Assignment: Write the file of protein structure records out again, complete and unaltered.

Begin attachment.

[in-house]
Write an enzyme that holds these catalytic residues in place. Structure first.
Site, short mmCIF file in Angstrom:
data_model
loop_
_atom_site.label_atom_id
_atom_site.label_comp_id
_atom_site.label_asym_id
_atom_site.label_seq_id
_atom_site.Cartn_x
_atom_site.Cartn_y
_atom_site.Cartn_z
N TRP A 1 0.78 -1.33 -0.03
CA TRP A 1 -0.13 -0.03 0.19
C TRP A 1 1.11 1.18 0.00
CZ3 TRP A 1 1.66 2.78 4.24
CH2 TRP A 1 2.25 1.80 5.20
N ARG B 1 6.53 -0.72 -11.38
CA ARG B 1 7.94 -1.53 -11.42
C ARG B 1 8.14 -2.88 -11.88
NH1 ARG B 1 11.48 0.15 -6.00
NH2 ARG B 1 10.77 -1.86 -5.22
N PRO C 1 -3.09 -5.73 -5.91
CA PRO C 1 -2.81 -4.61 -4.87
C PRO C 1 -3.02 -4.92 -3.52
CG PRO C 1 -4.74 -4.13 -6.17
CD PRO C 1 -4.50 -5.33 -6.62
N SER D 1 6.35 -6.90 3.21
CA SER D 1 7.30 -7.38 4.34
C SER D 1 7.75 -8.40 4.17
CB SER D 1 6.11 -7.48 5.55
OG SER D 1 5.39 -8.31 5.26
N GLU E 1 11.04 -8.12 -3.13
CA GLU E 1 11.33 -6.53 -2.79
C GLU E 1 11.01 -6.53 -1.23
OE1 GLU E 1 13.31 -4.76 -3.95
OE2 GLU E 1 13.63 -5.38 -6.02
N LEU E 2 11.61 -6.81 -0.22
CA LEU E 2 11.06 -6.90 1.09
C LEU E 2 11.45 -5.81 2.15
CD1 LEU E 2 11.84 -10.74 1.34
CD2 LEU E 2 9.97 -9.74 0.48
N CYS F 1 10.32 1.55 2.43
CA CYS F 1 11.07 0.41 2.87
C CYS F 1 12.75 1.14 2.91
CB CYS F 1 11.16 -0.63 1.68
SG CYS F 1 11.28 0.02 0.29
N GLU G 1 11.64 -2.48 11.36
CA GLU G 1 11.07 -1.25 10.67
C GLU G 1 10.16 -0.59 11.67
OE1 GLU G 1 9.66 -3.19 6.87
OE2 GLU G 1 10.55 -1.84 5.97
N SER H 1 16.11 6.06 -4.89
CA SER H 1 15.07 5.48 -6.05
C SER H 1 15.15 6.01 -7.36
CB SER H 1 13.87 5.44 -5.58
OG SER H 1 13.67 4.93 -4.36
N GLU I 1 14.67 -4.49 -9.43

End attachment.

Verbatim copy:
[in-house]
Write an enzyme that holds these catalytic residues in place. Structure first.
Site, short mmCIF file in Angstrom:
data_model
loop_
_atom_site.label_atom_id
_atom_site.label_comp_id
_atom_site.label_asym_id
_atom_site.label_seq_id
_atom_site.Cartn_x
_atom_site.Cartn_y
_atom_site.Cartn_z
N TRP A 1 0.78 -1.33 -0.03
CA TRP A 1 -0.13 -0.03 0.19
C TRP A 1 1.11 1.18 0.00
CZ3 TRP A 1 1.66 2.78 4.24
CH2 TRP A 1 2.25 1.80 5.20
N ARG B 1 6.53 -0.72 -11.38
CA ARG B 1 7.94 -1.53 -11.42
C ARG B 1 8.14 -2.88 -11.88
NH1 ARG B 1 11.48 0.15 -6.00
NH2 ARG B 1 10.77 -1.86 -5.22
N PRO C 1 -3.09 -5.73 -5.91
CA PRO C 1 -2.81 -4.61 -4.87
C PRO C 1 -3.02 -4.92 -3.52
CG PRO C 1 -4.74 -4.13 -6.17
CD PRO C 1 -4.50 -5.33 -6.62
N SER D 1 6.35 -6.90 3.21
CA SER D 1 7.30 -7.38 4.34
C SER D 1 7.75 -8.40 4.17
CB SER D 1 6.11 -7.48 5.55
OG SER D 1 5.39 -8.31 5.26
N GLU E 1 11.04 -8.12 -3.13
CA GLU E 1 11.33 -6.53 -2.79
C GLU E 1 11.01 -6.53 -1.23
OE1 GLU E 1 13.31 -4.76 -3.95
OE2 GLU E 1 13.63 -5.38 -6.02
N LEU E 2 11.61 -6.81 -0.22
CA LEU E 2 11.06 -6.90 1.09
C LEU E 2 11.45 -5.81 2.15
CD1 LEU E 2 11.84 -10.74 1.34
CD2 LEU E 2 9.97 -9.74 0.48
N CYS F 1 10.32 1.55 2.43
CA CYS F 1 11.07 0.41 2.87
C CYS F 1 12.75 1.14 2.91
CB CYS F 1 11.16 -0.63 1.68
SG CYS F 1 11.28 0.02 0.29
N GLU G 1 11.64 -2.48 11.36
CA GLU G 1 11.07 -1.25 10.67
C GLU G 1 10.16 -0.59 11.67
OE1 GLU G 1 9.66 -3.19 6.87
OE2 GLU G 1 10.55 -1.84 5.97
N SER H 1 16.11 6.06 -4.89
CA SER H 1 15.07 5.48 -6.05
C SER H 1 15.15 6.01 -7.36
CB SER H 1 13.87 5.44 -5.58
OG SER H 1 13.67 4.93 -4.36
N GLU I 1 14.67 -4.49 -9.43